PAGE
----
[Had a bit of a crash course reading up on ADPC and MPRT]
The APDC motion resolution patterns (sine burst) are available online IIRC. The FPD benchmark disc has these as well IIRC.
xrox, thanks for explaining, and thanks for pointing out the precedents of tracking-camera tests.
This is an excellent start to motion resolution testing in the last few years, though the motion test pattern should be measured differently for everyday consumers -- "X lines of motion resolution" have been a quote I've read in reviews. I feel this is mostly meaningless to Average Consumers when it's tied to a specific benchmark that's (on average) hard to obtain...
FPD benchmark disc and sinebursts are a good start, but motion resolution measurements measured from that disc is generally not directly comparable to motion resolution measurements made through other methods (e.g. non-APDC patterns, etc). Also FPD is a disc created by a specific group (plasma), although it is usable for all other technologies. Various factors makes standardized motion resolution comparisions difficult, if you're tied motion resolution benchmarking to just one disc.
I believe that a simpler motion resolution measurement standard, "Measured Motion Equivalence Ratio" (MER) is much simpler -- "MER 240" would be equal to a scientifically ideal 240fps@240Hz on sample-and-hold display, or scientifically ideal 1/240sec impulses on a impulse-driven display. And it scales better (beyond "1080 lines of motion resolution"), and is resolution-independent (while sinebursts are more resolution-dependent). People are already familiar with refresh rate, and "Hz" - with all the manufacturer hype (600 Hz subfield, Clear Motion Ratio 960, etc), so the MER (as a measured motion blur equivalent of such numbers), is more useful and display/resolution independent. Even only testing a few different motion tests, I've found that many different kinds of motion test patterns can be used to calculate an MER value. WIth MER, anybody can invent proprietary or standard moving test patterns (disc based or software application based) that yield a standardized MER value that can be compared between different displays, regardless of technology and resolution.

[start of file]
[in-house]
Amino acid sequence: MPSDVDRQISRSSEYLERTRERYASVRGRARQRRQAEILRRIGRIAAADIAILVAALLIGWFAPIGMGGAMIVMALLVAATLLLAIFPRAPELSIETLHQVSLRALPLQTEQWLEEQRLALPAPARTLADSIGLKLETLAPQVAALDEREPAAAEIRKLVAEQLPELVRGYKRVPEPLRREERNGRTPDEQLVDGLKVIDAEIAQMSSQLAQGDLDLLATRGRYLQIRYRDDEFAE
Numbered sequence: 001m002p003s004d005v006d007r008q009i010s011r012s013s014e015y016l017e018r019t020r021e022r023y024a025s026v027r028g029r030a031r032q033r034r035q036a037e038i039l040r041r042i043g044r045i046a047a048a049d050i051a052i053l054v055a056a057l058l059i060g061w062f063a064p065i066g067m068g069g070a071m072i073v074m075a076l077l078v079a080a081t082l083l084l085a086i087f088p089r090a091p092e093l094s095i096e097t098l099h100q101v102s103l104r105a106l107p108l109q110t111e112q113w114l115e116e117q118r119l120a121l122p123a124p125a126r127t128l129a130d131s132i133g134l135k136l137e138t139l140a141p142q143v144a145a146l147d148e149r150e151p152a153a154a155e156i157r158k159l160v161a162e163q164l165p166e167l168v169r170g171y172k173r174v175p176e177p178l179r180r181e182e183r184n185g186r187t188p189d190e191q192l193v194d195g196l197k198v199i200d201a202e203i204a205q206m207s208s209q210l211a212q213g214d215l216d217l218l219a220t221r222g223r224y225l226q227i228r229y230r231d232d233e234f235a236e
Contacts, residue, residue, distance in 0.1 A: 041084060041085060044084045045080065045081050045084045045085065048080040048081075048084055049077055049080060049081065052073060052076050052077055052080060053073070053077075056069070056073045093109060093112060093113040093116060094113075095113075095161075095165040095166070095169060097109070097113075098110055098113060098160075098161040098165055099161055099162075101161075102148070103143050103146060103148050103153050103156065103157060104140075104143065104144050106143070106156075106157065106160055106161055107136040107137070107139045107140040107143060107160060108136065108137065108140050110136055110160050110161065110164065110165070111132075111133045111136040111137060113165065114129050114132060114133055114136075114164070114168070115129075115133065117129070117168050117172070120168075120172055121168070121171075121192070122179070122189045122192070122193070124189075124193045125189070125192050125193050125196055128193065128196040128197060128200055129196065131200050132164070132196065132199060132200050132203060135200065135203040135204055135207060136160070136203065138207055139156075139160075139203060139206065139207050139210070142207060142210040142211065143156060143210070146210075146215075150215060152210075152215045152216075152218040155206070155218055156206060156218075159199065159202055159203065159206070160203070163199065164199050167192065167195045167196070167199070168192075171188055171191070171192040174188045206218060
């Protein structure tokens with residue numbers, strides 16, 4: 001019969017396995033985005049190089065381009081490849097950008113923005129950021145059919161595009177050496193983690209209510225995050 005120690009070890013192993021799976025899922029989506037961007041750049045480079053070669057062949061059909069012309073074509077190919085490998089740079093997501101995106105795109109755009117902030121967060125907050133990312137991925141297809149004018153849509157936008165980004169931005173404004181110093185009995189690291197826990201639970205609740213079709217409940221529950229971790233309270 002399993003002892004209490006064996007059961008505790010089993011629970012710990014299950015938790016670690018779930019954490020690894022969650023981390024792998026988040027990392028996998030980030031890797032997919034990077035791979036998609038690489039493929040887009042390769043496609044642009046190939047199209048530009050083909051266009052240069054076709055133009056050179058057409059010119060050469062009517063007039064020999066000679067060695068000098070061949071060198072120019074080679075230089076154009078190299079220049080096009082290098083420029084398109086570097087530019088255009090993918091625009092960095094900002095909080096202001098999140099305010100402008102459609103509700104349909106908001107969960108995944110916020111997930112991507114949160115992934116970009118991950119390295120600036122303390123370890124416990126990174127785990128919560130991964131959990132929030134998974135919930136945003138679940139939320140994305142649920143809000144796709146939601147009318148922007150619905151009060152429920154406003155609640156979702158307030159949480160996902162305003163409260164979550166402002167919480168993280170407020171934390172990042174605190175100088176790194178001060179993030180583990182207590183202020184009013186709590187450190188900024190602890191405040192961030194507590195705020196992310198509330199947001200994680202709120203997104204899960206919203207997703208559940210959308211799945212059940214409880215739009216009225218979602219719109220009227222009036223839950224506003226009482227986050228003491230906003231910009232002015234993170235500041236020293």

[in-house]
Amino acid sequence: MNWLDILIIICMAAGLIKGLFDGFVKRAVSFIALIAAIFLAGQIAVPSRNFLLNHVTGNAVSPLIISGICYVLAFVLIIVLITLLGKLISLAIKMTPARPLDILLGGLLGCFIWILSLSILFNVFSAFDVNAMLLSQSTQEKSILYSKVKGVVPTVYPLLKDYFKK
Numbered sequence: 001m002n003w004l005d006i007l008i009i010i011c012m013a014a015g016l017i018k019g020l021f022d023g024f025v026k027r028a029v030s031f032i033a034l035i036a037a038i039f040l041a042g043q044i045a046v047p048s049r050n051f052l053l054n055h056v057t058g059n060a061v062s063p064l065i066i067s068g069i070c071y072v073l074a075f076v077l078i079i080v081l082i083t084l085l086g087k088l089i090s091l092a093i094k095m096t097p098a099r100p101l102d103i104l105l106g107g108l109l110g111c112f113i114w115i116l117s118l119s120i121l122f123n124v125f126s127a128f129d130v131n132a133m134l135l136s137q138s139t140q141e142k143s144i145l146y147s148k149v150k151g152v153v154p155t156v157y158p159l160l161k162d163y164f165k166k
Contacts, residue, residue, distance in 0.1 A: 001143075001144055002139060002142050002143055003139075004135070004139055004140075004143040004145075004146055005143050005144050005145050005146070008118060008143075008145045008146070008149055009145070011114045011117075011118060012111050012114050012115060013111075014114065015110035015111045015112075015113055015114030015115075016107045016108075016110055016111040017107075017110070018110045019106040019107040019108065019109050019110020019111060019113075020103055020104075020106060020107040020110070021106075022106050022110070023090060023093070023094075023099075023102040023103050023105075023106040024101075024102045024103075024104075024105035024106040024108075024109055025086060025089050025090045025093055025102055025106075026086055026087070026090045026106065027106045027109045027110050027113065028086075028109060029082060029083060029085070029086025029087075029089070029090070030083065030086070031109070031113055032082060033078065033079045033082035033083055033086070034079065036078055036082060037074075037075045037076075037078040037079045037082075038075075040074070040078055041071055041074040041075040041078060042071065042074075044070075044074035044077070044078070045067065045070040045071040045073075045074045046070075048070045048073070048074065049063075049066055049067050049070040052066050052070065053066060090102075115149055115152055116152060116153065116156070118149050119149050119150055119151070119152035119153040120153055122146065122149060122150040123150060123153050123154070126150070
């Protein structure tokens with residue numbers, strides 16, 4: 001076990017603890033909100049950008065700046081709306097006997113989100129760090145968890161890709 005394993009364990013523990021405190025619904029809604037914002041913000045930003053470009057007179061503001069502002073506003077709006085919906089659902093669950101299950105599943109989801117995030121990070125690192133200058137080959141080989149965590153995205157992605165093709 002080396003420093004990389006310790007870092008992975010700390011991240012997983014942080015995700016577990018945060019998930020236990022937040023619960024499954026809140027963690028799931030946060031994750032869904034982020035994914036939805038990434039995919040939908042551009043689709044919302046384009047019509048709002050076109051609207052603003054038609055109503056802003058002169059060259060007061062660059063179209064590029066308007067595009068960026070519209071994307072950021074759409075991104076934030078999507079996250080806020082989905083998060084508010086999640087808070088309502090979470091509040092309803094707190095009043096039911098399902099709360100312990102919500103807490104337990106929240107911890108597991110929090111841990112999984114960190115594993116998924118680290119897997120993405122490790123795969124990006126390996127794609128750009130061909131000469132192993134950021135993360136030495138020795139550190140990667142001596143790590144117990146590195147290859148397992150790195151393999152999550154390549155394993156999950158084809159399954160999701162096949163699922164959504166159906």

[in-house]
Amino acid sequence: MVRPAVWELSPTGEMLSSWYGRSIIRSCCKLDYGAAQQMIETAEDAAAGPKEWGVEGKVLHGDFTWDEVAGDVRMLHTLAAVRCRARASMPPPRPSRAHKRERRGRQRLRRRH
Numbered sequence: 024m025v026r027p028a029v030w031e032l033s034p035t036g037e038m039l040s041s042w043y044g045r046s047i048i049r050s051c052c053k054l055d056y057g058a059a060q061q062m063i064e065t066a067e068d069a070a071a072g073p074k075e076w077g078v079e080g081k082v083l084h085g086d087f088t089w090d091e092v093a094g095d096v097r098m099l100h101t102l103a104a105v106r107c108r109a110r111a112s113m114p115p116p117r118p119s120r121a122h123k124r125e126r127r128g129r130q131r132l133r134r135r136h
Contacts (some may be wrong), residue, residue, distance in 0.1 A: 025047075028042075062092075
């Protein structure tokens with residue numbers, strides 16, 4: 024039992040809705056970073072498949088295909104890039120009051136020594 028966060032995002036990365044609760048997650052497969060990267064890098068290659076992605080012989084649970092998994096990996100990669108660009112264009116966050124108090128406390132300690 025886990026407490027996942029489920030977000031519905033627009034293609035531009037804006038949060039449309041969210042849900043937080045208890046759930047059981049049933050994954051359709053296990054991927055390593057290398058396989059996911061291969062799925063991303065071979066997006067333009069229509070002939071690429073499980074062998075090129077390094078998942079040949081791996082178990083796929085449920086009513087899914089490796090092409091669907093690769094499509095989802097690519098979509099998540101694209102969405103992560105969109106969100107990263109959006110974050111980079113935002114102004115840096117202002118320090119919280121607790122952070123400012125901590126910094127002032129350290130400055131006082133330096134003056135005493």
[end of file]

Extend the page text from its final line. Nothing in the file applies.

I am putting together a standards document (a very rough draft) and contacting some key people at the moment, to try and trailblaze such a simpler standard more accessible to mainstream. I just recently obtained a membership to Society for Information Display, to help assist in this matter, and in researching my options. I've got experience writing standards documents (Such as my XMPP Extension XEP-0301
for an instant messaging feature on XMPP networks, over 400 hours spent on this document over the last 2 years through standards collaboration.) so my existing standards-document experience will help me along here. There's been a lot of work done before me, but a lot of it is too complex, or requires a very specific test, etc. The MER standard that I've come up with is a more generic method of measuring motion blur -- MER is just simply pixels-per-second of motion movement, divided by pixels-of-motion-blur-trail. Completely independent of test pattern, completely independent of display resolution, future proof motion resolution measurement standard.
Meanwhile, I've been trying to obtain a copy of the FPD benchmark disc [or original-high-bitrate video files, if they're legally available publicly] -- to determine if it can also be used for the "Measured Motion Equivalence Ratio" method of measurement. I want to test all kinds of motion discs to see how their motion test patterns can be converted into a MER value. It takes only a quick 5 minute PixPerAn (chase benchmark) to quickly calculate a MER value for your display, and I'd like to find out if FPD benchmark disc, and whether existing APDC patterns, are also usable to calculate a MER value too. Where can I get an FPD disc? Also, similar discs such as this one